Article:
Biden unveils ‘potential slogan’ at SOTU as POTUS ‘soft launches’ 2024

Joe Biden may have unveiled the three-word slogan for his 2024 White House bid, according to a former Democrat speechwriter. Biden repeated the phrase 12 times during his 80-minute State of the Union address on Tuesday.

Riley Roberts, whose work has been described as “great” and “bold” by Barack Obama, told Express.co.uk: “This was just road testing the message that will carry him into the 2024 campaign.

“‘Finish the Job’, the phrase we heard so many times, seems like the potential campaign slogan in the works and I think that will be front-and-center going forward.”

He added: “I think this was a curtain-raiser on the 2024 campaign, sort of a soft launch, its the same message that he is going to be refining over the coming months.

“You saw how he tried to pitch it right down the middle to the average voter, trying to appear bipartisan while drawing contrasts with the other side.

“The heckling and interruption by House Republicans really played into his hands in a way that was probably beyond the White House’s wildest dreams.”

Biden used a variety of slogans during his 2020 campaign, including ‘Restore the Soul of the Nation’.

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The 80-year-old also echoed phrases used by ex-Prime Minister Boris Johnson, with ‘Build Back Better’ playing a central role.

Recycling Johnson’s line was not the first time the 46th POTUS has been accused of poaching slogans from leading British politicians.

During his first White House bid in 1988, Biden was accused of plagiarizing a speech delivered by then Labor leader Neil Kinnock.

Biden later said he should have added he was paraphrasing the Welsh politician.

However, a former Trump campaign insider appeared taken aback by Biden potentially using ‘Finish the Job’ in 2024.

Harrison Floyd, who worked as executive director of Black Voices for Trump, told Express.co.uk: “How about starting the job?”

He added: “America and the World are worse off under Joe Biden.

“‘Finish the Job’ shows the disconnect between the White House and what everyday people are experiencing.”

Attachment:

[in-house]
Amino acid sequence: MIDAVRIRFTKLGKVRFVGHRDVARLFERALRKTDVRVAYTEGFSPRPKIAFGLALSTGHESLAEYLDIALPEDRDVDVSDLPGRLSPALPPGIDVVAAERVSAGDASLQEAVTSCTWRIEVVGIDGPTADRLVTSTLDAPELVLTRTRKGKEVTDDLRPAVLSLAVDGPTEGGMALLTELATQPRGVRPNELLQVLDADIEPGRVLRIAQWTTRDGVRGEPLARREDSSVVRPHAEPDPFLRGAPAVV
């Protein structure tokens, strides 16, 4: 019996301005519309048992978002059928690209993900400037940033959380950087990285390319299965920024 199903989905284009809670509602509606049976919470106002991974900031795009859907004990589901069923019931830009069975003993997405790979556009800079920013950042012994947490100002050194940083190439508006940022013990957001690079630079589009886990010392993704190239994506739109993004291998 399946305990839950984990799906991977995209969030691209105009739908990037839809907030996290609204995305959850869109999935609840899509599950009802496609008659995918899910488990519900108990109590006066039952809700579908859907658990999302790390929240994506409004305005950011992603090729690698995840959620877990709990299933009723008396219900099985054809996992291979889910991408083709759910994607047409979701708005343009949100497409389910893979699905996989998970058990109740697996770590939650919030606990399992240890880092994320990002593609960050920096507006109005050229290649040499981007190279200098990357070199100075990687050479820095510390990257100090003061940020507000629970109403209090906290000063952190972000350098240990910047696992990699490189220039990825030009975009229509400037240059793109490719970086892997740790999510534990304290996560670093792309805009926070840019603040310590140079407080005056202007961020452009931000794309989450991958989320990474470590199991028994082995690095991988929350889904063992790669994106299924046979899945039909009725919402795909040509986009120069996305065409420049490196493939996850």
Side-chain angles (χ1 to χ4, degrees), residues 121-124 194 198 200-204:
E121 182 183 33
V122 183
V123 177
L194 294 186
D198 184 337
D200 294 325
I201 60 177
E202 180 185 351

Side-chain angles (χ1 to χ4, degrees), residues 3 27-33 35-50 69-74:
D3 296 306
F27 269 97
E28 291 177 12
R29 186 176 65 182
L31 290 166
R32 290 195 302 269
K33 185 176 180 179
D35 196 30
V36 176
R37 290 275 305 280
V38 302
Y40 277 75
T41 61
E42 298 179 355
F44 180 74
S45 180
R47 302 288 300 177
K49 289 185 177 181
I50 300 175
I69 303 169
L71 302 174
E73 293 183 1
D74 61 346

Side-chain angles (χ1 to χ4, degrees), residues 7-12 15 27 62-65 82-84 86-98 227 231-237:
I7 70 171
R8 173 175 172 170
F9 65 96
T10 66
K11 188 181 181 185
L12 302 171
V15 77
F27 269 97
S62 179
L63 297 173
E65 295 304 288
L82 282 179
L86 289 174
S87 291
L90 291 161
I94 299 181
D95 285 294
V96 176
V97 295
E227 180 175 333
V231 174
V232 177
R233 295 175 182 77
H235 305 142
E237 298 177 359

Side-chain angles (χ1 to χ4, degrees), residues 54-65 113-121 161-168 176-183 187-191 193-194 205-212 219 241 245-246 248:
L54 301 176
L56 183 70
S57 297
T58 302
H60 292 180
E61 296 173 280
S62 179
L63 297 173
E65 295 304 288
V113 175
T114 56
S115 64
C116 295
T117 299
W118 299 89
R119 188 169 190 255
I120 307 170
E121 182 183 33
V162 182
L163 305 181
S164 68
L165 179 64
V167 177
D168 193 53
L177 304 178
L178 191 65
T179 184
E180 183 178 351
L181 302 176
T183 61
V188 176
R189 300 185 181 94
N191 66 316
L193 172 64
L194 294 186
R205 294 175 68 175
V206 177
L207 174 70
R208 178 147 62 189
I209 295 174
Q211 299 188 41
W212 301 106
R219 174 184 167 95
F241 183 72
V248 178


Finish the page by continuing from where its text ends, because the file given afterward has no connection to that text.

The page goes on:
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Trump is widely expected to redeploy his ‘Make America Great Again’ slogan.

Floyd said: “I think they will and it makes sense. Why rebrand when it still applies?”

The 45th POTUS, who used the slogan in both 2016 and 2020, appears to have been inspired by Ronald Reagan’s ‘Let’s Make America Great Again’ campaign in 1980.

In his unsuccessful re-election bid, Trump also trialled ‘Keep America Great’ and ‘Promises Made, Promises Kept’ as alternative slogans.

Following his defeat, Trump hosted a number of ‘Save America’ rallies.

Modern campaigners appeared to have refined catchy slogans significantly in recent years, with early phrases often quite wordy.

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Franklin Pierce’s 1852 slogan, ‘We Polked you in 44, We shall Pierce you in 52’, might be among the most confusing.

Abraham Lincoln’s campaigns arguably included the first set of concise phrases, such as ‘Honest old Abe’ and ‘Union, liberty, peace’.

However, subsequent Commanders-in-Chief have also looked to make the most of their slogans.

Calvin Coolidge led with ‘Keep Cool with Coolidge’, Franklin Delano Roosevelt claimed ‘Happy Days Are Here Again’ and war hero Dwight Eisenhower simply said ‘I like Ike’.

Infamous slogans which fell flat include Al Smith’s unsuccessful ‘Make Your Wet Dreams Come True’ cry in 1928 and Gerald Ford’s ‘Happy Days Here Again’ while Americans were facing stagflation in 1976.



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